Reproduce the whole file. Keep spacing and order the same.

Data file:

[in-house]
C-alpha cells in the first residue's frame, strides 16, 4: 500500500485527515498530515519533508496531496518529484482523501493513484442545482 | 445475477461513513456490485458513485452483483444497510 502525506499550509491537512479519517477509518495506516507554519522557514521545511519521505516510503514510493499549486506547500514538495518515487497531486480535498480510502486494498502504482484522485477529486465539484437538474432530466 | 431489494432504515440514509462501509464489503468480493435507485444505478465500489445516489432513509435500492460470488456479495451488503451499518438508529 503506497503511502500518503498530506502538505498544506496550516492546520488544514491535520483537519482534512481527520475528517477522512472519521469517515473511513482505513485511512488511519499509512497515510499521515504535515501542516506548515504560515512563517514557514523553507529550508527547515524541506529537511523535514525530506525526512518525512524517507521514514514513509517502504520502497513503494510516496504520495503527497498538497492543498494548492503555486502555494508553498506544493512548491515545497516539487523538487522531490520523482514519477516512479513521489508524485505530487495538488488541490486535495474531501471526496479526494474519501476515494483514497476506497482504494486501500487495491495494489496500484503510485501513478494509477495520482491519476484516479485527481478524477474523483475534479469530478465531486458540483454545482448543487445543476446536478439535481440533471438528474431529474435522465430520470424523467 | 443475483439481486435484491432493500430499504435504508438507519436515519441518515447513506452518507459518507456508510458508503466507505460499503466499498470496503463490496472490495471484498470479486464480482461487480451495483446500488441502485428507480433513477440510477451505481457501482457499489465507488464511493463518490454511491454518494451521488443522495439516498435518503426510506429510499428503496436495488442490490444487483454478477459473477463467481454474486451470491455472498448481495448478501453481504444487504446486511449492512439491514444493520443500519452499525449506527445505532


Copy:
[in-house]
C-alpha cells in the first residue's frame, strides 16, 4: 500500500485527515498530515519533508496531496518529484482523501493513484442545482 | 445475477461513513456490485458513485452483483444497510 502525506499550509491537512479519517477509518495506516507554519522557514521545511519521505516510503514510493499549486506547500514538495518515487497531486480535498480510502486494498502504482484522485477529486465539484437538474432530466 | 431489494432504515440514509462501509464489503468480493435507485444505478465500489445516489432513509435500492460470488456479495451488503451499518438508529 503506497503511502500518503498530506502538505498544506496550516492546520488544514491535520483537519482534512481527520475528517477522512472519521469517515473511513482505513485511512488511519499509512497515510499521515504535515501542516506548515504560515512563517514557514523553507529550508527547515524541506529537511523535514525530506525526512518525512524517507521514514514513509517502504520502497513503494510516496504520495503527497498538497492543498494548492503555486502555494508553498506544493512548491515545497516539487523538487522531490520523482514519477516512479513521489508524485505530487495538488488541490486535495474531501471526496479526494474519501476515494483514497476506497482504494486501500487495491495494489496500484503510485501513478494509477495520482491519476484516479485527481478524477474523483475534479469530478465531486458540483454545482448543487445543476446536478439535481440533471438528474431529474435522465430520470424523467 | 443475483439481486435484491432493500430499504435504508438507519436515519441518515447513506452518507459518507456508510458508503466507505460499503466499498470496503463490496472490495471484498470479486464480482461487480451495483446500488441502485428507480433513477440510477451505481457501482457499489465507488464511493463518490454511491454518494451521488443522495439516498435518503426510506429510499428503496436495488442490490444487483454478477459473477463467481454474486451470491455472498448481495448478501453481504444487504446486511449492512439491514444493520443500519452499525449506527445505532